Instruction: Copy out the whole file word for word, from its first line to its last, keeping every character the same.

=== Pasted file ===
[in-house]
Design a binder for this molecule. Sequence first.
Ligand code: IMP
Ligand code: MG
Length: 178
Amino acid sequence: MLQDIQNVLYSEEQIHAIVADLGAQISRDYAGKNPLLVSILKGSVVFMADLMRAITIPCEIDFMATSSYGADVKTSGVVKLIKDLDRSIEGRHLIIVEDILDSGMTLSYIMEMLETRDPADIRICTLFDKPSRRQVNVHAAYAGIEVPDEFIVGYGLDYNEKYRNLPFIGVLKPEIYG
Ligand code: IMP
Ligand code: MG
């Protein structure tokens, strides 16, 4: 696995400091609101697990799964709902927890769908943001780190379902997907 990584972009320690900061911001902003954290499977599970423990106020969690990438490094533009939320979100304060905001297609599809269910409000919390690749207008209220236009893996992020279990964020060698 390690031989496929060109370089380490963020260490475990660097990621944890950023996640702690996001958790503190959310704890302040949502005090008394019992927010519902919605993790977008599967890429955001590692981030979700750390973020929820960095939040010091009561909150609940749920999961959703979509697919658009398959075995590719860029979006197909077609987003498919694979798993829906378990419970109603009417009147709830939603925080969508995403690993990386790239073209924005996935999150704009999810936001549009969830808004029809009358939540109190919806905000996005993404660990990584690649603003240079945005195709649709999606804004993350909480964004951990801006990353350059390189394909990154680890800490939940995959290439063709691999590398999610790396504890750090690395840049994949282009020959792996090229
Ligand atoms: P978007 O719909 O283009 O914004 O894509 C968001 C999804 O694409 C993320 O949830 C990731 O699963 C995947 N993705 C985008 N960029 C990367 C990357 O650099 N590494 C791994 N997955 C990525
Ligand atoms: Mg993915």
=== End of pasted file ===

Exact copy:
[in-house]
Design a binder for this molecule. Sequence first.
Ligand code: IMP
Ligand code: MG
Length: 178
Amino acid sequence: MLQDIQNVLYSEEQIHAIVADLGAQISRDYAGKNPLLVSILKGSVVFMADLMRAITIPCEIDFMATSSYGADVKTSGVVKLIKDLDRSIEGRHLIIVEDILDSGMTLSYIMEMLETRDPADIRICTLFDKPSRRQVNVHAAYAGIEVPDEFIVGYGLDYNEKYRNLPFIGVLKPEIYG
Ligand code: IMP
Ligand code: MG
């Protein structure tokens, strides 16, 4: 696995400091609101697990799964709902927890769908943001780190379902997907 990584972009320690900061911001902003954290499977599970423990106020969690990438490094533009939320979100304060905001297609599809269910409000919390690749207008209220236009893996992020279990964020060698 390690031989496929060109370089380490963020260490475990660097990621944890950023996640702690996001958790503190959310704890302040949502005090008394019992927010519902919605993790977008599967890429955001590692981030979700750390973020929820960095939040010091009561909150609940749920999961959703979509697919658009398959075995590719860029979006197909077609987003498919694979798993829906378990419970109603009417009147709830939603925080969508995403690993990386790239073209924005996935999150704009999810936001549009969830808004029809009358939540109190919806905000996005993404660990990584690649603003240079945005195709649709999606804004993350909480964004951990801006990353350059390189394909990154680890800490939940995959290439063709691999590398999610790396504890750090690395840049994949282009020959792996090229
Ligand atoms: P978007 O719909 O283009 O914004 O894509 C968001 C999804 O694409 C993320 O949830 C990731 O699963 C995947 N993705 C985008 N960029 C990367 C990357 O650099 N590494 C791994 N997955 C990525
Ligand atoms: Mg993915």